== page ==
An Army at Dawn: The War in North Africa, 1942-1943 by Rick Atkinson
The best parts of this book were the stories of how the U.S. learned to fight World War II. It took until 1943 for the U.S. to get its war effort and war smarts developed. The book helps you understand why this theater of the war was so important. Winston Churchill captured the importance of the War in North Africa with this quote: Now this is not the end. It is not even the beginning of the end. But it is, perhaps, the end of the beginning.”
So often we focus on U.S. history of the war starting at D-Day. Atkinson’s book show how D-Day was more the beginning of the last phase of World War II.
Spam Nation: The Inside Story of Organized Cybercrime — from Global Epidemic to Your Front Door by Brian Krebs
Krebs writes some of the most readable pieces on cybersecurity being published these days. I look forward every day to reading his latest posts.
This books takes a deep and focused view. The pacing of the story is different, but it covers the issue better. It’s a business story and whether legal or illegal, it was interesting to hear how the issues are the same.
Business Adventures by John Brooks
These are old stories from the 50s and 60s, but Brooks’ reporting and writing is as fresh now as it was then. The story about the Ford Edsel was the best.
Devil in the Grove: Thurgood Marshall, the Groveland Boys, and the Dawn of a New America by Gilbert King
The first story in the book is intense. It hit me several ways. It took place in association with a murder trail in Columbus, Tenn. It also happened in the early 1950s — less than 15 years from some of my earliest memories about Nashville. My memories are the last sounds of that era. There was still indications, such as schools and signs in some stores.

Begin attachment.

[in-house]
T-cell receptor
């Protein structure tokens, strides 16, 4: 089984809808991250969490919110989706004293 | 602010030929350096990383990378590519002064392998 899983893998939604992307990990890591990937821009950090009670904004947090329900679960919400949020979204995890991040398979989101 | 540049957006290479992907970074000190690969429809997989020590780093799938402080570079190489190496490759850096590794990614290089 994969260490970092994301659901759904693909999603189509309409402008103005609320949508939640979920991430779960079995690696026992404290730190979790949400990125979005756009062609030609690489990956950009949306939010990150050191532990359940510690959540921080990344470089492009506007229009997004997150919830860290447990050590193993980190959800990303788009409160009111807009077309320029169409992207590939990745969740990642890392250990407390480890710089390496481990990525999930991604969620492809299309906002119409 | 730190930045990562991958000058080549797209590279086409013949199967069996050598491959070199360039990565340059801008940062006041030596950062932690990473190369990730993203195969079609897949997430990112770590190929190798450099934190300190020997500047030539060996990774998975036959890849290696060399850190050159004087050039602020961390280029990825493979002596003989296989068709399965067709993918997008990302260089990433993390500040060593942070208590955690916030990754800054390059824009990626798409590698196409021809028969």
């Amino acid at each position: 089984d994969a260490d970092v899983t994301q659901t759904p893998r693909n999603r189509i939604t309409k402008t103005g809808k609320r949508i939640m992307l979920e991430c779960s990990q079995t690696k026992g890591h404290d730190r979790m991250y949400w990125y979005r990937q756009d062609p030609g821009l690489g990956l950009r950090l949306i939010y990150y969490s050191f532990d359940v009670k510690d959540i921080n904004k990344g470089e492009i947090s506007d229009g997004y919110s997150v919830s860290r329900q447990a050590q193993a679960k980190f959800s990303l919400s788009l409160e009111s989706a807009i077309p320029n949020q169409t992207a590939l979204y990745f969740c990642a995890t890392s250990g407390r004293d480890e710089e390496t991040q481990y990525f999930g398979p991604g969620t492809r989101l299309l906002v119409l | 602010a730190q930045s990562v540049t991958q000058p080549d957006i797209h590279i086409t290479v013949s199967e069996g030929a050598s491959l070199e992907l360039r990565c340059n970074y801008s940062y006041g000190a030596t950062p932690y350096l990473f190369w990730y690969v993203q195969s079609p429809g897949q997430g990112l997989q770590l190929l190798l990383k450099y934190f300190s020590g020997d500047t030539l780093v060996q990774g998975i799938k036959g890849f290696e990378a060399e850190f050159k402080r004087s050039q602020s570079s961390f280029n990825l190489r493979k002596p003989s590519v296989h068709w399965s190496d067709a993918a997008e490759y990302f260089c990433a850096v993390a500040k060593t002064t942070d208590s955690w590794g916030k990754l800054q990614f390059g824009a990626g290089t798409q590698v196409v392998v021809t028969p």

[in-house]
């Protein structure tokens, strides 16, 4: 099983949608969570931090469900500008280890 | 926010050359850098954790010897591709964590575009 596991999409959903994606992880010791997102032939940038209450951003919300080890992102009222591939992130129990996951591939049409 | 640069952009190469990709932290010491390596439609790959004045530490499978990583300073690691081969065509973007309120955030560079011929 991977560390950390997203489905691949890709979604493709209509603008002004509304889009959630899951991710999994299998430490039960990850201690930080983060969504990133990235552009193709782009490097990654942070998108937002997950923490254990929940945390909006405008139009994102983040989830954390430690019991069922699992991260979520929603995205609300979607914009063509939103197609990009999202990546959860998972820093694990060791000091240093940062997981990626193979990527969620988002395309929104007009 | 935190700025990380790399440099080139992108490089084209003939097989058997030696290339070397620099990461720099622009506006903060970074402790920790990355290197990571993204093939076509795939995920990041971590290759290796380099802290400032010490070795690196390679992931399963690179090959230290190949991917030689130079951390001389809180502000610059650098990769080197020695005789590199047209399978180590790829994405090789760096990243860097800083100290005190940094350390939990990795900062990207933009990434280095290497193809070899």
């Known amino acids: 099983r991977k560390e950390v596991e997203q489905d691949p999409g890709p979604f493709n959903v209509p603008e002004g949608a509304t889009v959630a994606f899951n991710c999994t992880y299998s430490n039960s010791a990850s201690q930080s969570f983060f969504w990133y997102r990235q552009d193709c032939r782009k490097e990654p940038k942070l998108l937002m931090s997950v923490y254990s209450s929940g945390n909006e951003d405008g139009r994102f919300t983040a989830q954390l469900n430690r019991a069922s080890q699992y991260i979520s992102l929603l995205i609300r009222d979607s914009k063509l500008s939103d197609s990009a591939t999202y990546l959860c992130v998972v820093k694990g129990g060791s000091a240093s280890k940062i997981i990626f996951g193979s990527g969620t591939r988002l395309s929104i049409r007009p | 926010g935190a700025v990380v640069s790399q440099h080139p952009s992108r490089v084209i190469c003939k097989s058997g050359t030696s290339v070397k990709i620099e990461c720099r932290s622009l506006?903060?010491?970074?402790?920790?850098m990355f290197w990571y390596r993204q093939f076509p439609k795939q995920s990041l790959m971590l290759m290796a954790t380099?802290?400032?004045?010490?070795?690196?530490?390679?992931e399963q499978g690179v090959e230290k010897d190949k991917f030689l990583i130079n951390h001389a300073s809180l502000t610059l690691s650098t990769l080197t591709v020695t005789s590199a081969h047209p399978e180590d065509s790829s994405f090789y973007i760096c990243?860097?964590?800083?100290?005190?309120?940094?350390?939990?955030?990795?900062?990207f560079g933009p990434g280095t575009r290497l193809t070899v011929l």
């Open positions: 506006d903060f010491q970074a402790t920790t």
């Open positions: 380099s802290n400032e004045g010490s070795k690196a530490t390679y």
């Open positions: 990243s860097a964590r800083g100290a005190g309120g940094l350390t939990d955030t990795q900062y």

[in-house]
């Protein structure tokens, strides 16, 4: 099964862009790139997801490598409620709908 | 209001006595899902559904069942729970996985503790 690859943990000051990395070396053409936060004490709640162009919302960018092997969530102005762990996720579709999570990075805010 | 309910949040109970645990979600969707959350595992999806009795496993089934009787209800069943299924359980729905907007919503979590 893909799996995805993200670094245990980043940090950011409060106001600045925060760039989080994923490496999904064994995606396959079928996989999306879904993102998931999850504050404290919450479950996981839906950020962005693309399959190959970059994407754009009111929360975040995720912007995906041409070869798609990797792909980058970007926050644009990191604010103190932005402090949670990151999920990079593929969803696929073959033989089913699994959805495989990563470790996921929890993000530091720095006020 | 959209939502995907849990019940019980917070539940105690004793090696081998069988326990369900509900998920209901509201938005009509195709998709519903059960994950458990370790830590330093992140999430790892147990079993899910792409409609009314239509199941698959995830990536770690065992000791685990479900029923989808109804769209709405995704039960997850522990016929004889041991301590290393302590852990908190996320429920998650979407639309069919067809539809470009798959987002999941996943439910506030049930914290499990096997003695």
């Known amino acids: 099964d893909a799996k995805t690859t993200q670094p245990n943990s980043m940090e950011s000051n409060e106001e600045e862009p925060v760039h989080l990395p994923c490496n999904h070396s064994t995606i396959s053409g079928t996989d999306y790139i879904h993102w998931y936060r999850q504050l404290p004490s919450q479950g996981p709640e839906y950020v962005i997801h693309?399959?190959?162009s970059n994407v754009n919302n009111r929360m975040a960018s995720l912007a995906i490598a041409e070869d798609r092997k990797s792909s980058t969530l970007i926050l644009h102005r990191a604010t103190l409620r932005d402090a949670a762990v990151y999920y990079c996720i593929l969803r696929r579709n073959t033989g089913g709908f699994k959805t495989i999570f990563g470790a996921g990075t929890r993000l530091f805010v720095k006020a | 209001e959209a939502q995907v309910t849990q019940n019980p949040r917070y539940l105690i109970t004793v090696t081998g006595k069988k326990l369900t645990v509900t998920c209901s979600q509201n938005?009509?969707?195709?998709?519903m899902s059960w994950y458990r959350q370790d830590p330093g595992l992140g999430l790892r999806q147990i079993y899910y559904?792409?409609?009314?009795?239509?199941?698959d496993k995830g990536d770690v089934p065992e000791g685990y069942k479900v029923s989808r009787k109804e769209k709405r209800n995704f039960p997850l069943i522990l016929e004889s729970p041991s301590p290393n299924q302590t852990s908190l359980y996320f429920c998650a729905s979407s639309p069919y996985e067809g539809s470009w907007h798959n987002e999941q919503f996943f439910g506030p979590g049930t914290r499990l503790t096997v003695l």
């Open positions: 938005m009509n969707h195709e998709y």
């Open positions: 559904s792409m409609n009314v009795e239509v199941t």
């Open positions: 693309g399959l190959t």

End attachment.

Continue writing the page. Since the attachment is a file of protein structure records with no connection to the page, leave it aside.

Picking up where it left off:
Much of the book focuses on Thurgood Marshall’s cases in the south where black men faced murder charges and capital punishment in cases where there was little or no evidence. There was no justice in these cases and Marshall led a team trying to find cases that could be appealed — which was the only way any resemblance to justice could be obtained. Justice in these cases was not being found not guilty. It was often just being able to get a death penalty reduced to life imprisonment.
This book won a Pulitzer Prize in 2013. Of the several Pulitzer Prize winner I’ve read, “Devil in the Grove” touched me the deepest.
Nella Last’s War by Nella Last
Nella Last recorded her time during World War II as part of project by the U.K. government. The book records her feelings, including the idea that praying for peace or Hitler’s death was pointless. Her argument was that she did not believe God needed convincing by her on what to do. Hard to argue.
The life in the U.K. during World War II is fascinating to me. So is the time in Germany prior to the war. It would also be interesting in the U.S. but the war was more distant for most people. There was a time when the U.K. expected to be invaded and there was proof.